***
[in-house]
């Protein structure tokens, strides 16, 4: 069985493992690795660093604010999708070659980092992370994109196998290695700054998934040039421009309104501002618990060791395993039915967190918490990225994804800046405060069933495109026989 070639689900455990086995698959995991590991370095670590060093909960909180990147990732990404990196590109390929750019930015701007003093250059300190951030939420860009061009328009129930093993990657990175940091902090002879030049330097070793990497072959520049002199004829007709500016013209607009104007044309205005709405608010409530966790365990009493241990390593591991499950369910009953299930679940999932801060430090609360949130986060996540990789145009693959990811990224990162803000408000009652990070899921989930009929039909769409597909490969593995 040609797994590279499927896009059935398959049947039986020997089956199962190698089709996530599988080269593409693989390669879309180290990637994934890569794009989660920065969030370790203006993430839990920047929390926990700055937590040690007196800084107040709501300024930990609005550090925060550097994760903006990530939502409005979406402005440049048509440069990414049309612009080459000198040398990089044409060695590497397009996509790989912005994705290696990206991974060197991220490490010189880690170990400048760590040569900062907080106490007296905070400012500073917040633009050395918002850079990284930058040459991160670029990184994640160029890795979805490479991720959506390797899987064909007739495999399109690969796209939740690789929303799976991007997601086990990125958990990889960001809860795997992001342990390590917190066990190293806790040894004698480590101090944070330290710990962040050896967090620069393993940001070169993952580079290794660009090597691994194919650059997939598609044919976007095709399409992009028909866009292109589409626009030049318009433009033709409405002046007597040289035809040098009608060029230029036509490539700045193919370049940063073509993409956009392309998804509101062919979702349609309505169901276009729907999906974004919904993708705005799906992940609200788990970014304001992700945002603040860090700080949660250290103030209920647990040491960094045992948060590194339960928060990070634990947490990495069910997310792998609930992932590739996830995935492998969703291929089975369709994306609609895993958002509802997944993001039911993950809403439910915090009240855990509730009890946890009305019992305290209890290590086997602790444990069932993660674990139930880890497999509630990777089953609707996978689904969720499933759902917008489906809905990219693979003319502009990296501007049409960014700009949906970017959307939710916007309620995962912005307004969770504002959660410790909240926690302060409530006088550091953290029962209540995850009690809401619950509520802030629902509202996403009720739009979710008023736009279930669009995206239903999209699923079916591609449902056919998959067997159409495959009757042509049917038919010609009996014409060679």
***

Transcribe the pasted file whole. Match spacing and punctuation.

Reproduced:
[in-house]
């Protein structure tokens, strides 16, 4: 069985493992690795660093604010999708070659980092992370994109196998290695700054998934040039421009309104501002618990060791395993039915967190918490990225994804800046405060069933495109026989 070639689900455990086995698959995991590991370095670590060093909960909180990147990732990404990196590109390929750019930015701007003093250059300190951030939420860009061009328009129930093993990657990175940091902090002879030049330097070793990497072959520049002199004829007709500016013209607009104007044309205005709405608010409530966790365990009493241990390593591991499950369910009953299930679940999932801060430090609360949130986060996540990789145009693959990811990224990162803000408000009652990070899921989930009929039909769409597909490969593995 040609797994590279499927896009059935398959049947039986020997089956199962190698089709996530599988080269593409693989390669879309180290990637994934890569794009989660920065969030370790203006993430839990920047929390926990700055937590040690007196800084107040709501300024930990609005550090925060550097994760903006990530939502409005979406402005440049048509440069990414049309612009080459000198040398990089044409060695590497397009996509790989912005994705290696990206991974060197991220490490010189880690170990400048760590040569900062907080106490007296905070400012500073917040633009050395918002850079990284930058040459991160670029990184994640160029890795979805490479991720959506390797899987064909007739495999399109690969796209939740690789929303799976991007997601086990990125958990990889960001809860795997992001342990390590917190066990190293806790040894004698480590101090944070330290710990962040050896967090620069393993940001070169993952580079290794660009090597691994194919650059997939598609044919976007095709399409992009028909866009292109589409626009030049318009433009033709409405002046007597040289035809040098009608060029230029036509490539700045193919370049940063073509993409956009392309998804509101062919979702349609309505169901276009729907999906974004919904993708705005799906992940609200788990970014304001992700945002603040860090700080949660250290103030209920647990040491960094045992948060590194339960928060990070634990947490990495069910997310792998609930992932590739996830995935492998969703291929089975369709994306609609895993958002509802997944993001039911993950809403439910915090009240855990509730009890946890009305019992305290209890290590086997602790444990069932993660674990139930880890497999509630990777089953609707996978689904969720499933759902917008489906809905990219693979003319502009990296501007049409960014700009949906970017959307939710916007309620995962912005307004969770504002959660410790909240926690302060409530006088550091953290029962209540995850009690809401619950509520802030629902509202996403009720739009979710008023736009279930669009995206239903999209699923079916591609449902056919998959067997159409495959009757042509049917038919010609009996014409060679």